Could anyone tell me if the you need to allow a little for the spin of the bullet at 500 yards or longer? I was shooting today from 500 to 1000 yards and it was pretty still but i had to add a few clicks to keep it straight.
I have seen some lively debates concerning this topic and this may start another one you will probably see there are those who believe in it and correct for it and those that dont. Personally I believe at distances under 500 yds you wont notice it much. At 1000 it can be substantial, around 1 moa. The problem can be masked or compounded by how your scope is set up. I set my scopes up by using a rail type base, I then put a bubble level on it and mount the scope. Before you tighten the scope in the rings go downrange and set up a verticle line that you know is plumb. I use grey duct tape on a 4' by 6' piece of cardboard attached to a target frame. Put a plumb line from top to bottom then stretch the duct tape along the line. Now you can look through your scope and cant the rifle until the rail level indicates level, at the same time twist the scope in the rings until the verticle crosshair of the reticle is centered in the duct tape from top to bottom. The longer distance this is done the better. All my scopes have holdover type reticles so I dont have to worry if the reticle is canted inside the scope. If you are a clicker you need to make sure it tracks OK. Now and only now can you form an opinion about spin-drift. I notice about 1 moa at extended ranges. If shooting South at 1000 you will see around two inches added to that because of the earths rotation, shooting North about that much less. We are talking about right hand twists and the effects will vary due to differences in twist rates, velocity and bullet design. One of the icons in longrange shooting actually cants his scope to compensate for spin drift. If your scope is canted counter-clockwise it is compensating, if it is canted clockwise it will be making the drift appear to be worse. The best advice I can give you is to set your rig where the reticle is not canted one way or the other then go burn some rounds in perfectly calm conditions. This way you can make up your own mind.
I think you got it backwards augustus.
If you use holdover with your reticle, then a plumb vertical IS very important. Otherwise, if you dial in elevation with a std crosshair or dot reticle, the only thing that matters is a plumb turret.
And of course tracking either way.
Spin drift is NOT coriolis. Coriolis is known and calculated.
Spin drift is not so predictable as it varies with your particular shooting system components(like bullet & twist & local air density). Spin drift is also not accounted for in any ballistic software I've seen.
You will have to measure and account for it on your own.
Or limit your distances(which is practical)
Or shoot & shoot & shoot until finally hitting what you're aiming at(like so many others here).
I did use a level to make sure the scope is straight. At the 1000 yard mark I did notice about 1MOA that i had to adjust for and there was no wind to measure. I was shooting from north to south. I never really thought about the direction making a difference.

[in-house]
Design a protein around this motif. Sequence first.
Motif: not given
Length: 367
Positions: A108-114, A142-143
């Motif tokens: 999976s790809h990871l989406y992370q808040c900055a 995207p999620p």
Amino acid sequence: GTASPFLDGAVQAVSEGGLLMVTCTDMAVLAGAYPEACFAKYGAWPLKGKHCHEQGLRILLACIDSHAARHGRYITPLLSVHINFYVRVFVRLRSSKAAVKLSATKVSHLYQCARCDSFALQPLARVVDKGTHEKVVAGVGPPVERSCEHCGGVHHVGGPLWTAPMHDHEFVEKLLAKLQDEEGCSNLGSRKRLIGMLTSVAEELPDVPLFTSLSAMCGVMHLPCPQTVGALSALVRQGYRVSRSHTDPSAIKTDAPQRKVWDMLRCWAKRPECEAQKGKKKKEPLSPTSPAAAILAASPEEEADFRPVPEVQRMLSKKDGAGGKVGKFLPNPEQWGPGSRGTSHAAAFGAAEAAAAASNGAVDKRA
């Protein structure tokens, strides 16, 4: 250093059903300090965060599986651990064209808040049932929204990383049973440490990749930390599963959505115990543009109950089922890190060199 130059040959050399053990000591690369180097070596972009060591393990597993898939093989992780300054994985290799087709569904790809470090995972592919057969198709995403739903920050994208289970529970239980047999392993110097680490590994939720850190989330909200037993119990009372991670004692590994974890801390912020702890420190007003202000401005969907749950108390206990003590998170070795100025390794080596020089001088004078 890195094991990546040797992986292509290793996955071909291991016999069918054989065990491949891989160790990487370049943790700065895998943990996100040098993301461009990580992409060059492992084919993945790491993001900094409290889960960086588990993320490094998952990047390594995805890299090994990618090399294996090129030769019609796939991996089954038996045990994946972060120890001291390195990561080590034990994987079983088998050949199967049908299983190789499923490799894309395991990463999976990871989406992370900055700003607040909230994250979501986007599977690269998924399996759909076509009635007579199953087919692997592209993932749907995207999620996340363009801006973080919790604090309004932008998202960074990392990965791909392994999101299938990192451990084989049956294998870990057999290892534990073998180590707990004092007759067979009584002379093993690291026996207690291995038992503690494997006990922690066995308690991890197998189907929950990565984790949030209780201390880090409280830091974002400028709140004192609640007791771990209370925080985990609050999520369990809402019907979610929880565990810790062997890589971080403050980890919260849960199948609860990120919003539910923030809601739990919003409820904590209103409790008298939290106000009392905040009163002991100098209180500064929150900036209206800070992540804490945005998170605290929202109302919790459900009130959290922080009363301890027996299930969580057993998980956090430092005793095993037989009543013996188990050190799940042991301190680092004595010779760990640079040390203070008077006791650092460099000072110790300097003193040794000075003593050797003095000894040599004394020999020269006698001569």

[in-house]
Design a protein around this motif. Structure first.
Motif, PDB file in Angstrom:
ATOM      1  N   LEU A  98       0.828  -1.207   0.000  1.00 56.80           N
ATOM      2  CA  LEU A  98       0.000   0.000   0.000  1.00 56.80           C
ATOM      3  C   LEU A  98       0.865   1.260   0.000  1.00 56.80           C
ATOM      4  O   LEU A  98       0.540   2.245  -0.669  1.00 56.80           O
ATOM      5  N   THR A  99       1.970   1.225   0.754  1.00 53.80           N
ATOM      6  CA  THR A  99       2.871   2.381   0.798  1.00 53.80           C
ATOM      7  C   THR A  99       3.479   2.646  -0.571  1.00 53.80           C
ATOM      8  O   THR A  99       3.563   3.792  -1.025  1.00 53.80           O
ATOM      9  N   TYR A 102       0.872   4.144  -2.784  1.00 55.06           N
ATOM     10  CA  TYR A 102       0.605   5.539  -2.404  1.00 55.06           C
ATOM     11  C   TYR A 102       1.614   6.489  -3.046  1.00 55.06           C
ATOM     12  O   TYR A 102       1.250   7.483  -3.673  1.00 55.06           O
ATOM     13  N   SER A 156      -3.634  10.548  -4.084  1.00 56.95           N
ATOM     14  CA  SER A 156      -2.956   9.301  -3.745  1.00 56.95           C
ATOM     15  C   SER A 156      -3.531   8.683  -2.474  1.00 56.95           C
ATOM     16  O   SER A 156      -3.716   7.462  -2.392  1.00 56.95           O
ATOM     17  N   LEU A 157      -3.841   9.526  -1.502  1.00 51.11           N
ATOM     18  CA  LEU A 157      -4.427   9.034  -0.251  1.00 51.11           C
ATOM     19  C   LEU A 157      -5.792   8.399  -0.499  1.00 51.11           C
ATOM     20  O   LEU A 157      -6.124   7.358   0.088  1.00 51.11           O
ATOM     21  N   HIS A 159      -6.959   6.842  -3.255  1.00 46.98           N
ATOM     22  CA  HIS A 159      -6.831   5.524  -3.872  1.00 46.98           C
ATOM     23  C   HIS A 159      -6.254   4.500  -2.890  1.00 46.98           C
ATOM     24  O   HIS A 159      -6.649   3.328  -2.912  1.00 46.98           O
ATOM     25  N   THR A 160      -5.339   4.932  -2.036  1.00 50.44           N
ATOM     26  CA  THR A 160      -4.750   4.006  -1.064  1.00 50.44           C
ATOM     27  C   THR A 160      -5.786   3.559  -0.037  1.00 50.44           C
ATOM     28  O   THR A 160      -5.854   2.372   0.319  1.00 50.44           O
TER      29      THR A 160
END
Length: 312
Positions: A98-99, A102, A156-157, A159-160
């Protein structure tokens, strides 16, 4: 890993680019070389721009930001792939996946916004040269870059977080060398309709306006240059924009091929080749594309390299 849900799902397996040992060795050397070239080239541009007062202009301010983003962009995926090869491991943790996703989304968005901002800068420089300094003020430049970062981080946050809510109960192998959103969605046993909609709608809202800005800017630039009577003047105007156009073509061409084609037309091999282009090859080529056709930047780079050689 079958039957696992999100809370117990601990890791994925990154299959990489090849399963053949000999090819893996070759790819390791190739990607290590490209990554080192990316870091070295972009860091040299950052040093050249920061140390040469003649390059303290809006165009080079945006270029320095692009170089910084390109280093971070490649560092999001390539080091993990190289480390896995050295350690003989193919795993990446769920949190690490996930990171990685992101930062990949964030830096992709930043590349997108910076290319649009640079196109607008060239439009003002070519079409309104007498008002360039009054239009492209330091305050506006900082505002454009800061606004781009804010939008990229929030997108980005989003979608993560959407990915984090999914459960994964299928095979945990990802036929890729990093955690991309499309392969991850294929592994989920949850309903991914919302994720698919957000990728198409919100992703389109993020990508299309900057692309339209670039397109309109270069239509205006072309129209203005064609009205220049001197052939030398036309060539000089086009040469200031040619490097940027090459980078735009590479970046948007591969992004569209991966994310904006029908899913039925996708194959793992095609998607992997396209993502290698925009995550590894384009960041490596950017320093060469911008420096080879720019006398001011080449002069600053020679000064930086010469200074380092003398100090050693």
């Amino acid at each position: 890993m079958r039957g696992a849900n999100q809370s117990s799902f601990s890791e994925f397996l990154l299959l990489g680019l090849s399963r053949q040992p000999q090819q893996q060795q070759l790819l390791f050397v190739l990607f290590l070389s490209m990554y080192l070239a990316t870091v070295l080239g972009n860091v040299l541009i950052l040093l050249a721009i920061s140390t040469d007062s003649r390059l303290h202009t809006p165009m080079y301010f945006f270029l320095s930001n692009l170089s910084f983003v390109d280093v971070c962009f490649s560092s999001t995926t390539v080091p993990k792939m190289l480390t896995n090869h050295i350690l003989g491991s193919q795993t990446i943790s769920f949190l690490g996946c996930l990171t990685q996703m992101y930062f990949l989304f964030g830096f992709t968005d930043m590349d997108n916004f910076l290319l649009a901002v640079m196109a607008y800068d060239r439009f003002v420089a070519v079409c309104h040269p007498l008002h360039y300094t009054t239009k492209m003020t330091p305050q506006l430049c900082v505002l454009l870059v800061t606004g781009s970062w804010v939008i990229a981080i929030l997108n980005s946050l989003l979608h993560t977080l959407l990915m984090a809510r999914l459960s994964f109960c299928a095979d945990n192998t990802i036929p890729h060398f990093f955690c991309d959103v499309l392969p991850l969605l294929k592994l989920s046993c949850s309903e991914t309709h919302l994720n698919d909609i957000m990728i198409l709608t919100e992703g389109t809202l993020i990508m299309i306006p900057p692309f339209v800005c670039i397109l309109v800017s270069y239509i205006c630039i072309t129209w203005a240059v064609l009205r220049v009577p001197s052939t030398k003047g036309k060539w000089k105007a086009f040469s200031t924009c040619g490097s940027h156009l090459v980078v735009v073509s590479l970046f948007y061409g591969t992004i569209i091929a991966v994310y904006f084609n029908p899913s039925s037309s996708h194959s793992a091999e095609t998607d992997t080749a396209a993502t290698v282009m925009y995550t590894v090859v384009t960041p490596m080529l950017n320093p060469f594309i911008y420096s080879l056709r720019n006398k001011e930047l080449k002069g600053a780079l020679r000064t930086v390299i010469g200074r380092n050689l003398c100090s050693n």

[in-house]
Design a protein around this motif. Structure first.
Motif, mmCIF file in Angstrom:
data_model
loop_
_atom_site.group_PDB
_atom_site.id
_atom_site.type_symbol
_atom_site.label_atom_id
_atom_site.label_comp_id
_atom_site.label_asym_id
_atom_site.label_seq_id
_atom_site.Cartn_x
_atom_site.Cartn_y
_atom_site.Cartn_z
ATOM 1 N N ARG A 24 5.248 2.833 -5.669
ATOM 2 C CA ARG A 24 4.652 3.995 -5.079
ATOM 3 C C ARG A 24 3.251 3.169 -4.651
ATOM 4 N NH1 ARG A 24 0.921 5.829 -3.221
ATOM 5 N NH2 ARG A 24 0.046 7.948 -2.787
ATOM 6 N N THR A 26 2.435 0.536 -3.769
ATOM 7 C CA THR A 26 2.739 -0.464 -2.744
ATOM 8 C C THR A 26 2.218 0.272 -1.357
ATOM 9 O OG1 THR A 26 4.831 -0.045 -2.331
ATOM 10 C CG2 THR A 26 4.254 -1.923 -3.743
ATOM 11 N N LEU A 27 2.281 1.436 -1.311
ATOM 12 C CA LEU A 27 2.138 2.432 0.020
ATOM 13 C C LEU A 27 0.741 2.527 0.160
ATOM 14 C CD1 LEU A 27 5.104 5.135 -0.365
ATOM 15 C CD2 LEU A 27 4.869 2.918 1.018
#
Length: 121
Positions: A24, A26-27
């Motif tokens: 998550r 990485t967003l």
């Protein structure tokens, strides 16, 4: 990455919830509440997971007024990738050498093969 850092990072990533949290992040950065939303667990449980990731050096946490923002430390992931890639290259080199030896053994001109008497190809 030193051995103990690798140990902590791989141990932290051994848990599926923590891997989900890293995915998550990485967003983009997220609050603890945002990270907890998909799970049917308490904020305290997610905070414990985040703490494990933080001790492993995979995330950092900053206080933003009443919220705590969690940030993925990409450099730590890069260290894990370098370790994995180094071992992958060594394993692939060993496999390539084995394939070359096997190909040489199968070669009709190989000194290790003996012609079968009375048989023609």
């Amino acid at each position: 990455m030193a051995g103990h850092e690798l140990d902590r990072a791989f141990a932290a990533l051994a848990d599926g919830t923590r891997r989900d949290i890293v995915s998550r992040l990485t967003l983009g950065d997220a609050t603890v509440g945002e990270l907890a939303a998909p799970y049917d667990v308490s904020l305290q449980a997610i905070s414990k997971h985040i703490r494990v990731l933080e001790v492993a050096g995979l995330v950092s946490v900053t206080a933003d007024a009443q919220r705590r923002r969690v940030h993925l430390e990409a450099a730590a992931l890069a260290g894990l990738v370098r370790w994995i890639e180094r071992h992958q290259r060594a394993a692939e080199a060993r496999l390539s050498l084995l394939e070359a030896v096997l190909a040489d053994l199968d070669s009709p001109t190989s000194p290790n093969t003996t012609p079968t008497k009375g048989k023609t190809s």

Mike, I did address two different things in the post, one was spin drift and the other was the effects of the rotation of the earth, spin drift seems to be around 1 moa at 1000 with the ones I shoot. At 1000 the effects of the earths rotation is around 2.5 inches. It will be added to the effects of spin drift when shooting South and taken away when shooting North. This is so small that it can rarely be seen due to being masked by other factors such as wind and errors in hold. On the subject of canted reticles. I certianly would not want to get in an argument but I think when you get a hold-over reticle verticle it will obviously stay that way as you raise it for come-ups. When you plumb a reticle there is no gaurantee that the intersection of the crosshairs are going to track perfectly up and down the plumb line. Since I have never been a clicker I have never taken a scope with an internal cant problem and tested it. I think what will happen is that after plumbing it on a plumbline and you begin to click vertically you will see the intersection start to drift off the line one way or the other and it will get progressively worse the further you go. Someone who knows from experience may want to kick in here as I would be interested in what they have to say.
I regularly shoot targets to 1000 yards. With proper spin to bullet weight ratio you will not be able to detect spin drift. If your bullet spin rate are improper your groups will be irratic from the get go. Also if you bullets go subsonic they will go irratic. I know of no top level shooter who say they can not differentiate spin drift and wind at 1000 yards. I have shot with Austrailians, New Zealanders, and South Africans and asked if they have noticed differences in groupings when they shoot north of the equator. Non have told me they could identify a significant grouping change from below and above the equator. We all know the gravatational pull is reversed on the other side of the equator..
I have talked with some guys that shoot out pat 1000yds often and only a had full said that they could notice a differance in grouping due to spin drift. I was even asked by one fellow if it would be possibe to index the barrel curve to counter act the differance in spin drift , I'm sure it possible but would it be worth the effort? and I can't see how you could get accurate determination unless you were shooint in completly still conditions.
Maybe some of the guys here that shoot out to 2000yds can chime in and tell what they see out past the 1 mile mark